A few weeks ago, I had the privilege of traveling with Tropical Farms Baptist Church to Cuenca, Ecuador on one of Reaching & Teaching’s training trips. It was not my first time overseas, but it was a trip of firsts: my first trip with RTIM, my first journey to South America, and my first time to eat guinea pig!

Every time I am introduced to a new culture and get a chance to chat with the long-term workers about ministry in their context, I get a little overwhelmed. There are so many things to consider; so many manifestations of the fall unique to that context; so many barriers to people understanding the gospel; so many ways that good intentioned ministry can go awry; so many opportunities for misunderstanding and stumbling blocks; so many tactics of the devil to keep people from seeing the glory of God in the face of Jesus Christ.    

These missiological questions fill the pages of books, produce a litany of breakout sessions at missions conferences, and puzzle the minds of God’s servants around the world. We seek to live in generational humility, knowing that we will never “arrive” at the most effective way to do missions. Rather, we are always learning, always growing, always seeking to steward more faithfully the task that we have received from our Savior. And the number of things to consider not only at a macro level, but also the individual day-to-day questions of each missionary in their context can be dizzying.  

However, in the midst of all of these questions, and the valuable conversations that they stimulate, there is one simple message: “For I decided to know nothing among you except Jesus Christ and him crucified.” (1 Corinthians 2:2)

Amidst all the challenging questions of cross-cultural ministry, all the difficult security issues to consider, all the social and cultural norms that seem to close people off to the gospel, one reality rises above all the others and beckons undivided attention: the gospel of Jesus Christ.  This is the reality that has been shattering cultural divides, breaking addictions, re-shaping family cultures, and transforming lives for thousands of years.

Even as we seek to be faithful with the precious message that God has entrusted to us, we rest in the powerful hand of God and the promises he has given to us: His word will not return void (Isaiah 55:11). His hand cannot be thwarted (Job 32:2). He will not lose even one of His sheep (John 6:39). He will purify his bride (Ephesians 5:27). He will clothe those from every tribe, people, and language with the blood of the Lamb (Revelation 7:9-14).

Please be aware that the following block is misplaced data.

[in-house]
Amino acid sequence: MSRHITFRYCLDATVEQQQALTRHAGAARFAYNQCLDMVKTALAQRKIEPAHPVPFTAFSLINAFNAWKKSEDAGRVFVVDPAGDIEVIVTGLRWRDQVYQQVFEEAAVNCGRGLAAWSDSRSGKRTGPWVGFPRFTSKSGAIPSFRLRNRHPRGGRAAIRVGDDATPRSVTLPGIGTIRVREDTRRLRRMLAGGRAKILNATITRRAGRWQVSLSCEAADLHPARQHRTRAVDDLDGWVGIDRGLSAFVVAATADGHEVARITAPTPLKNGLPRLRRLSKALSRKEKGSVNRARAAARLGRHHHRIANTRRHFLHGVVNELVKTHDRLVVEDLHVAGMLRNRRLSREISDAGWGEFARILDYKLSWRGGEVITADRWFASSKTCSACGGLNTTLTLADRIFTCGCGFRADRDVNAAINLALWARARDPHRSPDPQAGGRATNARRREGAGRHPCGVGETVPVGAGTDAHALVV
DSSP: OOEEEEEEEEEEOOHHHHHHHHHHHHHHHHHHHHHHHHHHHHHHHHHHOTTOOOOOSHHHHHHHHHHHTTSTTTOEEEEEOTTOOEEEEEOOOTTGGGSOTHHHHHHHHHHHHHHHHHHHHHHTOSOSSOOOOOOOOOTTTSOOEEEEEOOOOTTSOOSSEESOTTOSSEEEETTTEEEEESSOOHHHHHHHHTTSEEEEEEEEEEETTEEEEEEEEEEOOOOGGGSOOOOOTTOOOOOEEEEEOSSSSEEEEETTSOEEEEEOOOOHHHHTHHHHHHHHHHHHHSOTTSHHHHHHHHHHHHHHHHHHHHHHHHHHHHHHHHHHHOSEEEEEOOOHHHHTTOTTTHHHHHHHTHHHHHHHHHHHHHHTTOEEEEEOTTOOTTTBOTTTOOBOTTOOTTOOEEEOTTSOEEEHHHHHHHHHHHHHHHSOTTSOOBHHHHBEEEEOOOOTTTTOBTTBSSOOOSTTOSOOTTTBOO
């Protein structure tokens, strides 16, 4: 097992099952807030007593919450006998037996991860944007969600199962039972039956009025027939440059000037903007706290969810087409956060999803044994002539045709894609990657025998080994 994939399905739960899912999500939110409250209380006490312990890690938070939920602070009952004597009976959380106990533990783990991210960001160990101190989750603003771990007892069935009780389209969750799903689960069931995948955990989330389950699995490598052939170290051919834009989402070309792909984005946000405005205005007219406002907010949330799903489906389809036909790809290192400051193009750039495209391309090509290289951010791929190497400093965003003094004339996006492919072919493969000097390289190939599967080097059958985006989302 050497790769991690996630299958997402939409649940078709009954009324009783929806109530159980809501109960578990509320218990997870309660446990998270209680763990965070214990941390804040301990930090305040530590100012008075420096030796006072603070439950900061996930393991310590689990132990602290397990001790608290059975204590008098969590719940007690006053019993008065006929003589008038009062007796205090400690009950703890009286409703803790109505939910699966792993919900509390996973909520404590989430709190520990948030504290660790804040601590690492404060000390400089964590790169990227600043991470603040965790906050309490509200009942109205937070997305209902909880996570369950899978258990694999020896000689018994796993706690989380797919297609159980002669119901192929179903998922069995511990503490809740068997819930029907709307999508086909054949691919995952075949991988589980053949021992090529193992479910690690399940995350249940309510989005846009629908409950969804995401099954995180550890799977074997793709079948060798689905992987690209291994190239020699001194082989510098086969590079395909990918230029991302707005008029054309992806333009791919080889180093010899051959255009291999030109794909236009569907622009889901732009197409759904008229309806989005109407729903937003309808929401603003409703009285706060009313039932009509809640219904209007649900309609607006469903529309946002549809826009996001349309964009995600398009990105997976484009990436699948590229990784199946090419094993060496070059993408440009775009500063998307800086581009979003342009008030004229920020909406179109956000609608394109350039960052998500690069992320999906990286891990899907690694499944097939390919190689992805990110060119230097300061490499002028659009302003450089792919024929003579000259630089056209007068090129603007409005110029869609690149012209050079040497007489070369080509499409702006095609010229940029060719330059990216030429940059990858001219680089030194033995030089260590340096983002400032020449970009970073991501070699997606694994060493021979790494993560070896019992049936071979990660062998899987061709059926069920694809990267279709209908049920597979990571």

Praise the Lord, amidst the various questions that can and should be asked when it comes to gospel ministry, the wheel doesn’t need re-inventing. From the infancy of the church, it has been the faithful proclamation of the Word of God that given life to dead hearts and produced communities of faithful believers that we know of as the church. Cross-cultural ministry is quite complicated. But it is built on a simple message: a message that is foolishness to the Greeks and a stumbling block to the Jews, but to those of us who have been changed by it, the power and the wisdom of God.

Rachel Ware

Rachel Ware serves as Director of Women’s Mobilization at Reaching & Teaching. She graduated from Union University in 2009 with a B.A. in Christian Studies, and served as the Director of Discipleship for women at Union for several years. In 2016, she received a Masters of Divinity from Southern Seminary. She currently resides in Louisville, KY where she loves meeting with women one-on-one and drinking as much coffee as she can.

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